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WITH A wry smile, the man held up his long, shining knife. He rotated his wrist slowly, presenting all angles of the viciously sharp blade.

“I sharpen it every day,” he said as one of the fluorescent bulbs above flickered and glinted off the knife sending reflections around the small, cold room. 

The man was imposingly tall with a bald head, thick neck and arms that might as well have been tree trunks. He stood between me and the only exit and looked down at me with penetrating eyes, barely blinking.

Prickles of dread began to course through me. I took a deep breath attempting to slow my quickening heart.

“I want you to see this,” he said and beckoned me to come closer with the tip of the blade.

I dared not disobey him and inched ever so slightly closer knowing I was about to witness something that I would never be able to un-see. 

I stood as though paralyzed as the man began to cut up the body on the metal table with his prize knife. He worked with a speed and skill that said he was no stranger to this work. For the most part, his knife sliced through the flesh with ease but every once in a while, it would catch on a bone. When it did he would deftly change the angle of his blade and press harder, his knuckles momentarily turning white. I heard one bone give way with a sickening crunch. 

As though ice was insidiously filling my lungs, each breath I took was more shallow than the last. And yet, I couldn’t look away.

When the man was finally finished, he took a rag from under the table and wiped the blood from his knife. He leaned casually back against the counter eyeing me closely.

“Not bad, right?” he asked as he continued to polish his knife slowly and methodically.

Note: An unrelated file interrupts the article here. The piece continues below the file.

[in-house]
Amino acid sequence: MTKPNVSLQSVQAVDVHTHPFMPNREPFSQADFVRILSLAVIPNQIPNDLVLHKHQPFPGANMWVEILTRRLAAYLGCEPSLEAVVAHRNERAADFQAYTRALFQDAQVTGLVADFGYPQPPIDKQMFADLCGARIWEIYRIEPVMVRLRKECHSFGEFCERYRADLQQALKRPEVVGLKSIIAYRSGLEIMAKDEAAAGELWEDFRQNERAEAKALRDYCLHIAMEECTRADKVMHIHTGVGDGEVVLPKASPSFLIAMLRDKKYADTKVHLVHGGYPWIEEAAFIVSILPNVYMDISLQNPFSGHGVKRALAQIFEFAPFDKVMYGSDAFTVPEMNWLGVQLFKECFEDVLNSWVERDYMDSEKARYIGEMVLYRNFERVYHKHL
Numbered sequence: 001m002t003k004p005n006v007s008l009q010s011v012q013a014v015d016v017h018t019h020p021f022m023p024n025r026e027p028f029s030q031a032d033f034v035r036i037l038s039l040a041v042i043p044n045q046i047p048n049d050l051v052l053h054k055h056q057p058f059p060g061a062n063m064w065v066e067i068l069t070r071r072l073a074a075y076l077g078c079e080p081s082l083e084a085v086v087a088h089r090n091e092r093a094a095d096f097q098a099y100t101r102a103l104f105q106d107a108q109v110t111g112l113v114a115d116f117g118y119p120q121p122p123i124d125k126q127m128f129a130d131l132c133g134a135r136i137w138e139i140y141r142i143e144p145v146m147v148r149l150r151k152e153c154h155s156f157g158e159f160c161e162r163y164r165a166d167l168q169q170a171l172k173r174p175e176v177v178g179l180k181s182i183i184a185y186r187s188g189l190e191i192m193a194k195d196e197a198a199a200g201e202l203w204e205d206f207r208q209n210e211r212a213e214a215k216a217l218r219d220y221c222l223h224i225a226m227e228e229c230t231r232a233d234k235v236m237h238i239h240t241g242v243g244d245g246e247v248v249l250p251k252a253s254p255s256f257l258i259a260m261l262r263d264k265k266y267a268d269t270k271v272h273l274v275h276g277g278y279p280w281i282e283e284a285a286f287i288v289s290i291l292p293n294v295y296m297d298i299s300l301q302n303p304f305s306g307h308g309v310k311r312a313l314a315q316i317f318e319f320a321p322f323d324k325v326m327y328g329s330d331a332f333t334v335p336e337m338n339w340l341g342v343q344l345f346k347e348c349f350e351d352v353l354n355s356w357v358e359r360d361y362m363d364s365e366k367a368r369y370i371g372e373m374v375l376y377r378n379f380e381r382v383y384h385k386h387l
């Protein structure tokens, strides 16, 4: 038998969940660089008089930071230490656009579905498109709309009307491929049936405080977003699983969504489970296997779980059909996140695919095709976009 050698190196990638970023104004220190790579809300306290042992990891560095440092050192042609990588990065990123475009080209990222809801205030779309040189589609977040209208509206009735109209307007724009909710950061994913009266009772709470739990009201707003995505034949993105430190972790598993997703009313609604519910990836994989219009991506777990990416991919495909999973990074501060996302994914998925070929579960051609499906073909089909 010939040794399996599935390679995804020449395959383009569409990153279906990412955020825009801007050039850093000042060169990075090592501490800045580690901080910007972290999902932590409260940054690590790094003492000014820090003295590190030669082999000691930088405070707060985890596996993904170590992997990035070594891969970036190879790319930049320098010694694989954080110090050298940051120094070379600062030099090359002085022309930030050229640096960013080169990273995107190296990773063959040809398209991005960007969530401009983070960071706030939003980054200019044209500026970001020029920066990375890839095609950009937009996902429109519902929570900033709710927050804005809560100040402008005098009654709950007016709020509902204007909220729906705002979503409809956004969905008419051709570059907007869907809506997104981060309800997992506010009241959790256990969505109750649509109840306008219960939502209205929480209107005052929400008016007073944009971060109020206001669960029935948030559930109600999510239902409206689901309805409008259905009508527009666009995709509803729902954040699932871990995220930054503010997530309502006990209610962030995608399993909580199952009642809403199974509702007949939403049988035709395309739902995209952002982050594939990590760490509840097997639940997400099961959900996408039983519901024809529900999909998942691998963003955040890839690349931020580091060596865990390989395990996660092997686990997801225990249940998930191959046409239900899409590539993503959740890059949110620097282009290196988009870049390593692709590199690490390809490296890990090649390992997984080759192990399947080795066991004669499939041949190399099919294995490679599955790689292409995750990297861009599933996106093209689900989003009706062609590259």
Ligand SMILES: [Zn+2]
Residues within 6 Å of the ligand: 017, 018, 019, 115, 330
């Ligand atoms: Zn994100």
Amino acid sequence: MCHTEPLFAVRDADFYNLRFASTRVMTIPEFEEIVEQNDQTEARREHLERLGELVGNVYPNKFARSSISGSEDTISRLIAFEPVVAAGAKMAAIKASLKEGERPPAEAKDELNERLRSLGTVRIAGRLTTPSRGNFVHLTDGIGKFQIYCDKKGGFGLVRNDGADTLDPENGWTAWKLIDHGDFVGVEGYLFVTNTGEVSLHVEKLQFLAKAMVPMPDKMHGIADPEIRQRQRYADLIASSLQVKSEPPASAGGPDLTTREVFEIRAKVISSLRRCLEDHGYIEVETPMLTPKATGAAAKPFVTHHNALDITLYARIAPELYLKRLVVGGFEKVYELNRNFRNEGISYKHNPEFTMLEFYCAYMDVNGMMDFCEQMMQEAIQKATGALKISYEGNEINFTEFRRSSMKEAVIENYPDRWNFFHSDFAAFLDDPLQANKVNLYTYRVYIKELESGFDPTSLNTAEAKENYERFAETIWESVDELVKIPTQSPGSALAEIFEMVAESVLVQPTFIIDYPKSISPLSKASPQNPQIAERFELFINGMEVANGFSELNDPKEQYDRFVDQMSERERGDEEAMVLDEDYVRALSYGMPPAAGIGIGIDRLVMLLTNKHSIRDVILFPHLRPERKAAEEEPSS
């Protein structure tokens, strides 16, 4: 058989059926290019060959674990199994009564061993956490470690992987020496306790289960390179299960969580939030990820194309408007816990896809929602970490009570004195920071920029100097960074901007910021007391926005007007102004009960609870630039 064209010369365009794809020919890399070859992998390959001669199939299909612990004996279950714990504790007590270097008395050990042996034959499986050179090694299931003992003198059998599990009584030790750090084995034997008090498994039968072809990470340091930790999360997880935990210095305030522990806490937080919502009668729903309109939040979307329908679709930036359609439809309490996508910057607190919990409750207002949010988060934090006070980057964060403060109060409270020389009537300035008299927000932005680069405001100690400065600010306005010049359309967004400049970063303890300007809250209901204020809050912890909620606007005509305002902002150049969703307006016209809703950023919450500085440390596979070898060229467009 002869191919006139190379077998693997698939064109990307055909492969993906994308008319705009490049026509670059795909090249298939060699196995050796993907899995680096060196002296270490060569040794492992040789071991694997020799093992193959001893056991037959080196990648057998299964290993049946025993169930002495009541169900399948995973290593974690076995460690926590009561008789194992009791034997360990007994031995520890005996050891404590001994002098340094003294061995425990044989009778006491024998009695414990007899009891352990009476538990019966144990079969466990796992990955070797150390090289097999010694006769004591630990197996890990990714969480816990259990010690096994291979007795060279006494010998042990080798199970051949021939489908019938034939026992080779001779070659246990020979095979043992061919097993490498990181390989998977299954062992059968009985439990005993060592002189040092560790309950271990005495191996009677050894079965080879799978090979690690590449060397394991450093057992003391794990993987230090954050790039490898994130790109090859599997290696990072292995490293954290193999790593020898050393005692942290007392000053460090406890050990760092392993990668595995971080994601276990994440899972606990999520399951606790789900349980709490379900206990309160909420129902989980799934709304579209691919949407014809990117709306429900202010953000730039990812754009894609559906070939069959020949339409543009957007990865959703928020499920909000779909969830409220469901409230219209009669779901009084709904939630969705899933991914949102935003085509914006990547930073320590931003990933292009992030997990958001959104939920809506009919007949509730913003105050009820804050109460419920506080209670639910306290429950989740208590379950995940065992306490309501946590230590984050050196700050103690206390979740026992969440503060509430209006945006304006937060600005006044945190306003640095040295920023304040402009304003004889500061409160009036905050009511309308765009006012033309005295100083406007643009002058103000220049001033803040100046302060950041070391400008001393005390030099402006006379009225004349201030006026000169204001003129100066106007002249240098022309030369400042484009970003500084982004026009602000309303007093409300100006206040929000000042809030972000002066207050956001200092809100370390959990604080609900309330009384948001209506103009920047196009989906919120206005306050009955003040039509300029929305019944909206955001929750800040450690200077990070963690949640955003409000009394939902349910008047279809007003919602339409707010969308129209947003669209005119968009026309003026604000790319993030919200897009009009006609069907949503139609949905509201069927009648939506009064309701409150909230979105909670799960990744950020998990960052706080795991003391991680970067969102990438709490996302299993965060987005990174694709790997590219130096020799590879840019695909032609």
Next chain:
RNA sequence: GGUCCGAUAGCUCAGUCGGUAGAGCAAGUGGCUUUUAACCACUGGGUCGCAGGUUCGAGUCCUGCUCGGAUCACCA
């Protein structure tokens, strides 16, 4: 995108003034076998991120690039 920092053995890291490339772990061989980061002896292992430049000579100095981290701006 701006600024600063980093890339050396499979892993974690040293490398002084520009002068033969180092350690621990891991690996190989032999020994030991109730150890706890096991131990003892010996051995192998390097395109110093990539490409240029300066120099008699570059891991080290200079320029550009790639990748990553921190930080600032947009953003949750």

I felt my knees wobble beneath me and reached out to steady myself against the counter.  Silently I willed myself to stay strong.

“Yes, sir,” I managed, my lips tightly pursed.

He chuckled. “Best knife I ever had . . . even slices through the bone real easy.”

My hand jerked up to my mouth as a wave of nausea hit me hard.

Something about my expression made the man let out a guttural laugh. “A little sensitive are we?” He flashed me a toothy smile.

All I could do was stare in response, completely speechless. I noticed a drop of blood trickle off the table top and land with a faint tap on the floor.

“Anyway, let’s not put it off any longer,” the man said as he stepped forward, straightening up to his full, intimidating height. “It’s your turn now.” 

He winked at me, once more beckoning me to come closer with his knife.

I felt my heart begin to pound harder than ever. I knew I had to get out of there.

As the man dropped the next huge, disgusting slab of cow on the table with a thud, I slipped behind him and bolted for the door.

“I QUIT!” I yelled back over my shoulder and yanked off my ridiculous company apron.

It was only my first day on the job but it had already become very clear that I was not cut out to work in the meat department. Besides, I had just decided to become a vegetarian.

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